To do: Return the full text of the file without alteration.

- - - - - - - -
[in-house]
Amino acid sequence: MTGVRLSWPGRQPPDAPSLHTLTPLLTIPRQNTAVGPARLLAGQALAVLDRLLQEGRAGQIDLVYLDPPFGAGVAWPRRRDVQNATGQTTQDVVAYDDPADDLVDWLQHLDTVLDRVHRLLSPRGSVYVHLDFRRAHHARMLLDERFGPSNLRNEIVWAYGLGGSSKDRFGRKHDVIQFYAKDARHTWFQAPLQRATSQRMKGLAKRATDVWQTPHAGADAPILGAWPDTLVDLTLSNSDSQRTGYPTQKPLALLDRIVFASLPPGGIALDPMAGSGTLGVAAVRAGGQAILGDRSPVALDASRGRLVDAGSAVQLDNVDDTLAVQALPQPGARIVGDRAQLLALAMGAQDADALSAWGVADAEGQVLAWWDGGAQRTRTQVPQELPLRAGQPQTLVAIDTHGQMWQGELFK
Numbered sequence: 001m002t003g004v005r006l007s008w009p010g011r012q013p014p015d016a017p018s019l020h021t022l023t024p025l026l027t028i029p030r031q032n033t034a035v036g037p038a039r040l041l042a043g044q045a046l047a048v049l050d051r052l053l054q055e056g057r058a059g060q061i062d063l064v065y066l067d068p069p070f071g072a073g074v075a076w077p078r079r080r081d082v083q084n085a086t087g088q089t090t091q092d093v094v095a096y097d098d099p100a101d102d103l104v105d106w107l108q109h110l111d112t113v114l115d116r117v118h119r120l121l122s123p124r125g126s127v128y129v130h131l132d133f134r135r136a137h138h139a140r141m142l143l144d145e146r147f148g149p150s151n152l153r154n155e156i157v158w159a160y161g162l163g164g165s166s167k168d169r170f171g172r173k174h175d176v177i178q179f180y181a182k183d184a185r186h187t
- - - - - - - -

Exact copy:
[in-house]
Amino acid sequence: MTGVRLSWPGRQPPDAPSLHTLTPLLTIPRQNTAVGPARLLAGQALAVLDRLLQEGRAGQIDLVYLDPPFGAGVAWPRRRDVQNATGQTTQDVVAYDDPADDLVDWLQHLDTVLDRVHRLLSPRGSVYVHLDFRRAHHARMLLDERFGPSNLRNEIVWAYGLGGSSKDRFGRKHDVIQFYAKDARHTWFQAPLQRATSQRMKGLAKRATDVWQTPHAGADAPILGAWPDTLVDLTLSNSDSQRTGYPTQKPLALLDRIVFASLPPGGIALDPMAGSGTLGVAAVRAGGQAILGDRSPVALDASRGRLVDAGSAVQLDNVDDTLAVQALPQPGARIVGDRAQLLALAMGAQDADALSAWGVADAEGQVLAWWDGGAQRTRTQVPQELPLRAGQPQTLVAIDTHGQMWQGELFK
Numbered sequence: 001m002t003g004v005r006l007s008w009p010g011r012q013p014p015d016a017p018s019l020h021t022l023t024p025l026l027t028i029p030r031q032n033t034a035v036g037p038a039r040l041l042a043g044q045a046l047a048v049l050d051r052l053l054q055e056g057r058a059g060q061i062d063l064v065y066l067d068p069p070f071g072a073g074v075a076w077p078r079r080r081d082v083q084n085a086t087g088q089t090t091q092d093v094v095a096y097d098d099p100a101d102d103l104v105d106w107l108q109h110l111d112t113v114l115d116r117v118h119r120l121l122s123p124r125g126s127v128y129v130h131l132d133f134r135r136a137h138h139a140r141m142l143l144d145e146r147f148g149p150s151n152l153r154n155e156i157v158w159a160y161g162l163g164g165s166s167k168d169r170f171g172r173k174h175d176v177i178q179f180y181a182k183d184a185r186h187t